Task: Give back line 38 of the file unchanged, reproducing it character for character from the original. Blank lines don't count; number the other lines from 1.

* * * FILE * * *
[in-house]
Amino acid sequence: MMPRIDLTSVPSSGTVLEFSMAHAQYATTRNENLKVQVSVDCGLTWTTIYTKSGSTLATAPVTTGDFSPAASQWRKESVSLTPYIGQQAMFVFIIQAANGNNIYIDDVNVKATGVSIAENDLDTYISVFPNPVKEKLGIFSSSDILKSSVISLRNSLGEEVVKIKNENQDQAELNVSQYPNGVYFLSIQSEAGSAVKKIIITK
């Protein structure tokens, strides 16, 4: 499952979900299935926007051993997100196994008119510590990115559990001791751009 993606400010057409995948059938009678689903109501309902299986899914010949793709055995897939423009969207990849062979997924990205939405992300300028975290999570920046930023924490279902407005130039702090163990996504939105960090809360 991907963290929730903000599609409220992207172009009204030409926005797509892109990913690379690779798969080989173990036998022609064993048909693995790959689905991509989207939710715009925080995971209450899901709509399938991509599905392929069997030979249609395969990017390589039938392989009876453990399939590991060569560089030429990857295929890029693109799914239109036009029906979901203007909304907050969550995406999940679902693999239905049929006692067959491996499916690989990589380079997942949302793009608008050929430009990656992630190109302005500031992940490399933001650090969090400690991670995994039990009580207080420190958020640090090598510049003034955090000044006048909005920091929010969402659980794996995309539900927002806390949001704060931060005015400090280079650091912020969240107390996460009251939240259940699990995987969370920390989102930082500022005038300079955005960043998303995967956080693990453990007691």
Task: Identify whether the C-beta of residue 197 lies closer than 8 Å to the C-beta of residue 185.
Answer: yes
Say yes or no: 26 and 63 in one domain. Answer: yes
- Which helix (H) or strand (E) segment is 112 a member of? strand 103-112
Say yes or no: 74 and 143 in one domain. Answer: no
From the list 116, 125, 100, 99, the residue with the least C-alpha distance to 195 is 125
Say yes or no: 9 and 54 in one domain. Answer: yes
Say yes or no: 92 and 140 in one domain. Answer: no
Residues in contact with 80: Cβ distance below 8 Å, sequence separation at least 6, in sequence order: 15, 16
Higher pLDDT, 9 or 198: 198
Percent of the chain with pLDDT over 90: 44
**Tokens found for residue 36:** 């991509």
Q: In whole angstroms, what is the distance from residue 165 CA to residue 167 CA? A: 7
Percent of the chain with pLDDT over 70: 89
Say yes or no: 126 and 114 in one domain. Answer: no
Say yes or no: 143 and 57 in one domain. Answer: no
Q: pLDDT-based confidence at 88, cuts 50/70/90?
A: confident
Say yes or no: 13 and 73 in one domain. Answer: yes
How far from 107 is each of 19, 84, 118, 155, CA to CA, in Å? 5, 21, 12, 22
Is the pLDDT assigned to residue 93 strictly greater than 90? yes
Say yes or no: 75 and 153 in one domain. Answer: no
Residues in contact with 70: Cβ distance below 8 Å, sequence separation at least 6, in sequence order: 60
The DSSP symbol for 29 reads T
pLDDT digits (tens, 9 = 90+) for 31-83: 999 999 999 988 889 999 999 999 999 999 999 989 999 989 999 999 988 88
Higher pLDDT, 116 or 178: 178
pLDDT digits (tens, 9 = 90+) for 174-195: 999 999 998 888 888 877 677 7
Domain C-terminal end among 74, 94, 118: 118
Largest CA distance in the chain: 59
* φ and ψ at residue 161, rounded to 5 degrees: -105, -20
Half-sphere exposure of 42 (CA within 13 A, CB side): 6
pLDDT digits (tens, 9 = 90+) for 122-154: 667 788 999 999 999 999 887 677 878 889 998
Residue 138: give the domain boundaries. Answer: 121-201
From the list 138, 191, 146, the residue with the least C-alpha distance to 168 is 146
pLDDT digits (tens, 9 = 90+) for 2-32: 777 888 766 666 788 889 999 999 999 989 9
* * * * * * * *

pLDDT digits (tens, 9 = 90+) for 2-32: 777 888 766 666 788 889 999 999 999 989 9